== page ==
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© 2015 Wiley Periodicals, Inc. Knowledge concerning mechanisms that control proliferation and differentiation of preadipocytes is essential to our understanding of adipocyte hyperplasia and the development of obesity. Evidence has shown that temporal regulation of mitogen-activated protein kinase (MAPK) phosphorylation and dephosphorylation is critical for coupling extracellular stimuli to cellular growth and differentiation. Using differentiating 3T3-L1 preadipocytes as a model of adipocyte hyperplasia, we examined a role for dual-specificity phosphatase 1 (DUSP1) on the timely modulation of MAPK signaling during states of growth arrest, proliferation, and differentiation. Using real-time reverse transcription PCR (qRT-PCR), we report that DUSP1 is induced during early preadipocyte proliferation concomitant with ERK and p38 dephosphorylation. As deactivation of ERK and p38 is essential for the progression of adipocyte differentiation, we further showed that de novo mRNA synthesis was required for ERK and p38 dephosphorylation, suggesting a role for "inducible" phosphatases in regulating MAPK signaling. Pharmacological and genetic inhibition of DUSP1 markedly increased ERK and p38 phosphorylation during early adipocyte differentiation. Based on these findings, we postulated that loss of DUSP1 would block adipocyte hyperplasia. However, genetic loss of DUSP1 was not sufficient to prevent preadipocyte proliferation or differentiation, suggesting a role for other phosphatases in the regulation of adipogenesis. In support of this, qRT-PCR identified several MAPK-specific DUSPs induced during early (DUSP2, -4, -5, & -6), mid (DUSP4 & -16) and late (DUSP9) stages of adipocyte differentiation. Collectively, these data suggest an important role for DUSPs in regulating MAPK dephosphorylation, with an emphasis on DUSP1, during early adipogenesis.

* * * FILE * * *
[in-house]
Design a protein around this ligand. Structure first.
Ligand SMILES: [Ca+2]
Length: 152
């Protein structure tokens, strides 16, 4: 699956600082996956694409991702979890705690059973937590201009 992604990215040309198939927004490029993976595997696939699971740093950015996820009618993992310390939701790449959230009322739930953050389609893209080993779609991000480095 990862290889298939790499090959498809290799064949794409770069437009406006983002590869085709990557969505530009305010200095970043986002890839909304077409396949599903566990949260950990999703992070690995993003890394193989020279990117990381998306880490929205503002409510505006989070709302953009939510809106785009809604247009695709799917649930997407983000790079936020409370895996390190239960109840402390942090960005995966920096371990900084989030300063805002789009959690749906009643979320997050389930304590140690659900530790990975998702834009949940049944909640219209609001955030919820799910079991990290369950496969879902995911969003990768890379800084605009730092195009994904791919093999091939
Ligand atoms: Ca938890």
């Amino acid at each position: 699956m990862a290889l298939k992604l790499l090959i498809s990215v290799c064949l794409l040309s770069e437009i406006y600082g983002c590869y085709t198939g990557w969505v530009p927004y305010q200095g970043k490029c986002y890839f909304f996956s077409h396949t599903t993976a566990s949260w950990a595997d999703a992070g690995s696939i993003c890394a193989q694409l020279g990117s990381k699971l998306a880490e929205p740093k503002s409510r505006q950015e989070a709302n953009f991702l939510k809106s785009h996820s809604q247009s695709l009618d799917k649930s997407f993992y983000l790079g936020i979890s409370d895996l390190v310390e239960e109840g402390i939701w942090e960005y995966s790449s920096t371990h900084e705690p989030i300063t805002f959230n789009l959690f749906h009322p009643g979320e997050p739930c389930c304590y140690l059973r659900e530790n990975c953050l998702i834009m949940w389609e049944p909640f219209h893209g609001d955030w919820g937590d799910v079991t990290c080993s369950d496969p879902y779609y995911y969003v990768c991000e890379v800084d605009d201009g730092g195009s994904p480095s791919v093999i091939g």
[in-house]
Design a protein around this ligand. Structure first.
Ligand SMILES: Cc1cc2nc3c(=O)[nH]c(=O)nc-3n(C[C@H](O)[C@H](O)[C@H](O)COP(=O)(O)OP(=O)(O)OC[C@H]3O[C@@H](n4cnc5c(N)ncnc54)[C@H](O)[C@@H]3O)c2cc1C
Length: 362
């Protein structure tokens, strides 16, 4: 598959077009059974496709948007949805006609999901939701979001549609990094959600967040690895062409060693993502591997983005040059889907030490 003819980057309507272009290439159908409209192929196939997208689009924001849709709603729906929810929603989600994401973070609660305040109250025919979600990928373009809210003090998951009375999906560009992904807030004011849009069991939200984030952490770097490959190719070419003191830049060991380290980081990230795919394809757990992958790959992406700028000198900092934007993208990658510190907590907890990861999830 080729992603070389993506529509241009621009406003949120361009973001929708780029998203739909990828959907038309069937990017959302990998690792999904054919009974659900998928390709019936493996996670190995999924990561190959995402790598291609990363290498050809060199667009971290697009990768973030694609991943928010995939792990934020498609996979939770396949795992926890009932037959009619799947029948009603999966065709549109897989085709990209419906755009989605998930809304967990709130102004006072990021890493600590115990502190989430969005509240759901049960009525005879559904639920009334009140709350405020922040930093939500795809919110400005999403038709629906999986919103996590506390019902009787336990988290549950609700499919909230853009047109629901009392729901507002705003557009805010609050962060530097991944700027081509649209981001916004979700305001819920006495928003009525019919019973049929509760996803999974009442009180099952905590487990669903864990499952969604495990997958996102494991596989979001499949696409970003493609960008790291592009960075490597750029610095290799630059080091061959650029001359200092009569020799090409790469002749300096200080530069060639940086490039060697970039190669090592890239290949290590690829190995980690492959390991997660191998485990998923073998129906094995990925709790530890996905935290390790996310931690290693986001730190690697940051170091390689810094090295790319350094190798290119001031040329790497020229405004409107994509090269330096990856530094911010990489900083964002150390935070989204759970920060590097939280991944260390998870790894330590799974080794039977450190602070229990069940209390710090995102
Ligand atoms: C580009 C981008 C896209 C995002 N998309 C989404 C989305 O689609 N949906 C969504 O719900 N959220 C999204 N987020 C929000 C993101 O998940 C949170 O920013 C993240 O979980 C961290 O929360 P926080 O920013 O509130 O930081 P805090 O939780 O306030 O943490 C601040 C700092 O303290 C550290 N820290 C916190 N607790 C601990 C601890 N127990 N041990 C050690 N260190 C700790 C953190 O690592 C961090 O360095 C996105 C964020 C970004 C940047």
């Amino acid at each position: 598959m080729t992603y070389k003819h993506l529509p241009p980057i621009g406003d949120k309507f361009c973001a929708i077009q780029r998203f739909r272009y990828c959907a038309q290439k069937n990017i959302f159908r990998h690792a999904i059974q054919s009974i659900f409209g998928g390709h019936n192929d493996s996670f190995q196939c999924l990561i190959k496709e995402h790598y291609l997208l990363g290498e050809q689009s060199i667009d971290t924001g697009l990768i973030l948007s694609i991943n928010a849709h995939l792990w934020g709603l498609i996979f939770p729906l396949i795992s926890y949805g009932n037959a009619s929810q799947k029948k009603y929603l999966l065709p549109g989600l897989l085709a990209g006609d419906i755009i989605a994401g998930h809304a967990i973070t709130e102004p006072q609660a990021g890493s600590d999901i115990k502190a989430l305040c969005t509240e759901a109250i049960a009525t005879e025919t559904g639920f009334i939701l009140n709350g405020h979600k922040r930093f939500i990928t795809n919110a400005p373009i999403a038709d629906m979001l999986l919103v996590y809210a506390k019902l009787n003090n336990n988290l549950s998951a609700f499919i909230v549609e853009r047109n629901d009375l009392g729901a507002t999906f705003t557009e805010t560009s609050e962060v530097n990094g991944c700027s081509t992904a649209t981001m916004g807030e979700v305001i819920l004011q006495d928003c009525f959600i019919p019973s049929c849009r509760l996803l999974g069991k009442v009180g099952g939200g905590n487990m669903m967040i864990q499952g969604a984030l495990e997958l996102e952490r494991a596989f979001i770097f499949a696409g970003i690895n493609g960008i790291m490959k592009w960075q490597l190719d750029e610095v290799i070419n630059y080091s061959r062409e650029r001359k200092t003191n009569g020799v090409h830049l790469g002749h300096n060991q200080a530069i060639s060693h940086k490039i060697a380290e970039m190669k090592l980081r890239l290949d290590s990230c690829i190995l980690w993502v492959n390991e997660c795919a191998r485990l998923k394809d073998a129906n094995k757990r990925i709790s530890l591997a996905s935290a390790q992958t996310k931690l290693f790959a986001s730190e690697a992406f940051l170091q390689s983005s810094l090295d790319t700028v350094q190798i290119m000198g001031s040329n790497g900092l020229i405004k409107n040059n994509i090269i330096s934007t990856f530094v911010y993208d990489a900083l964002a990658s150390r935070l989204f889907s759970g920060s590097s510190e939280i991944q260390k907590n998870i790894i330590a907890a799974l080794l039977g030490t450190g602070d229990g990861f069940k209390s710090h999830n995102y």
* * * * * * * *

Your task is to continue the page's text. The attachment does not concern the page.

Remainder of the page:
Publication Source (Journal or Book title)

Journal of Cellular Physiology

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